I'm doing the night shift again tonight. I've been here about an hour. We have a different nurse tonight and I like her. She is very patient with all of my questions and concerns. She actually found the resident we have been seeing and had him come talk to me and I spent a good 45 minutes or so with him. He asked me what my concerns were (my God, where do I start?) so I just said "Why is she so sleepy?" This is how he explained it to me:
First off, there is no real answer. It's frustrating, and it's probably the hardest part about all of this. We know nothing for sure. Her heart has some damage. We know that. But the hardest part, I think, for those that love her is her neurological status and her sleeping all the time. When this occurred, her heart stopped beating and she stopped breathing, so her brain was without oxygen. When your brain goes without oxygen, even for a few brief moments (and we aren't really sure how long it was for her), you lose functions. The good news, in all of this, that some of the most important functions, for instance, breathing on her own, having her pupils be reacting to light, and responding to pain, is huge. This is a VERY good thing. However, to say how long it will take her to be alert and not confused, is totally up in the air. Days, weeks, months...there is no answer. She will have times where she is alert and talking to us, and she will have times where she is sleeping a lot and very confused...like right now.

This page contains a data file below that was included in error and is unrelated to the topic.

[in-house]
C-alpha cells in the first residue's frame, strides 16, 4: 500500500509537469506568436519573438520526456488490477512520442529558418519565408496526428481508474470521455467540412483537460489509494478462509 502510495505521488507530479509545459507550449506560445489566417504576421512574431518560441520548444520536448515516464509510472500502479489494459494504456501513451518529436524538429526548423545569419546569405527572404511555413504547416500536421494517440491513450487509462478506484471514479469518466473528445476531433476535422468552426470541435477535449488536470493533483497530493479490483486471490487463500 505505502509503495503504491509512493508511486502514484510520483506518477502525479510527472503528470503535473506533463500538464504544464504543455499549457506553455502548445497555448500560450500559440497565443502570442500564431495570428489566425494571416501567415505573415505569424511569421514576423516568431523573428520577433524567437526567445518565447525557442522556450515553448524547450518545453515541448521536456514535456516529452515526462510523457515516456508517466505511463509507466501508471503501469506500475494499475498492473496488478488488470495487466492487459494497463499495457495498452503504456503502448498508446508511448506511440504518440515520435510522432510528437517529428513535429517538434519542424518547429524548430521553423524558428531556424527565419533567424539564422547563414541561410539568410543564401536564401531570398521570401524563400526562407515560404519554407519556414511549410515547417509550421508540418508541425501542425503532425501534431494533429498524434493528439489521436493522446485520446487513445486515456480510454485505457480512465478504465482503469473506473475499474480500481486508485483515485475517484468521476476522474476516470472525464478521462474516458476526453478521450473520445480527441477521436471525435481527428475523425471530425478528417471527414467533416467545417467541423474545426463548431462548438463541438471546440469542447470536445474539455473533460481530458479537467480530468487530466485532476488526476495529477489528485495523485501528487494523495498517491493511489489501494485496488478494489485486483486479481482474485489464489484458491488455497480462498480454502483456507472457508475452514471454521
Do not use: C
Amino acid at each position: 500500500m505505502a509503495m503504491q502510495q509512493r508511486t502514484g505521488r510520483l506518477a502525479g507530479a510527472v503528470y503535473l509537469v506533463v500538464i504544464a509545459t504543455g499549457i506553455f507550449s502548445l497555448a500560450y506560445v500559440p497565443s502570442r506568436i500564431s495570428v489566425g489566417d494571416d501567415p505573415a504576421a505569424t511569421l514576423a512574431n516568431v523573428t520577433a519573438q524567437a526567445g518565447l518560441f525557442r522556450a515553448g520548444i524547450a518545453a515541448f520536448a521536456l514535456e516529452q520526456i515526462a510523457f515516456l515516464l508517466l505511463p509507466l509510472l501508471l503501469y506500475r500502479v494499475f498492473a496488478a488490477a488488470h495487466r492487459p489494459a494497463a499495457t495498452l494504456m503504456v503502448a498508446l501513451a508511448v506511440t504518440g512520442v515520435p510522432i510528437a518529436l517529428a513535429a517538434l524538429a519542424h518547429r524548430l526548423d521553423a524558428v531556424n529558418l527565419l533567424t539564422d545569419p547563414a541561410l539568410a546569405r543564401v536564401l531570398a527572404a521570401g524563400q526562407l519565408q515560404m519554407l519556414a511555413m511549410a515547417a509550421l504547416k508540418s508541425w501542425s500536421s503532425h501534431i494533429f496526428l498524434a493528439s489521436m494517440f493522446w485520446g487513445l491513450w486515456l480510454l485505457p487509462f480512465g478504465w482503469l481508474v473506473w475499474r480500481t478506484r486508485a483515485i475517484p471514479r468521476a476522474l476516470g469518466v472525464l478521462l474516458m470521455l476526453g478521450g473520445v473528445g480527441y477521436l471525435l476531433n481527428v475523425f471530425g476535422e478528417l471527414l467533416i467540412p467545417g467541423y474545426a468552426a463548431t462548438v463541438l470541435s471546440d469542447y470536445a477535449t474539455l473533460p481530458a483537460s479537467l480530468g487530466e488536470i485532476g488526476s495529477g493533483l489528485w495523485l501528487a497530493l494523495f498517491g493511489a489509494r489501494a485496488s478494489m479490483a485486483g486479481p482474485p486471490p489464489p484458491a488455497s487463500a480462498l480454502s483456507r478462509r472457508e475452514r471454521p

I think everyone naturally starts to feel super optimistic, especially when you consider what we knew when this all happened versus what we know now. She has made HUGE improvements. But at the same time, we are at the VERY beginning of a VERY long road. It's going to be hard and it's going to be super frustrating and sad. But we have to stay optimistic (totally easier said than done, I know) and set goals for her and help her reach them. The doctor said it is totally fine to try to wake her. It's also fine to move her around. We can't be scared of that.
I think a great idea, maybe, would be to bring pictures to her. Show her her friends and family and tell her who they are. We need to rebuild connections that were there, but aren't there right now. When we talk to her, remind her who she is, where she is, and why she's here. And also what we want from her. Make her think.
She has opened her eyes several times since I have been here, but she won't talk. What's the phrase... the lights are on, but nobody's home? That's her. I know she isn't recognizing me right now.
Tomorrow is going to be tough, and Sunday is going to be even worse. That is the last really awesome memory I have with her before this all happened. We will get through it, though.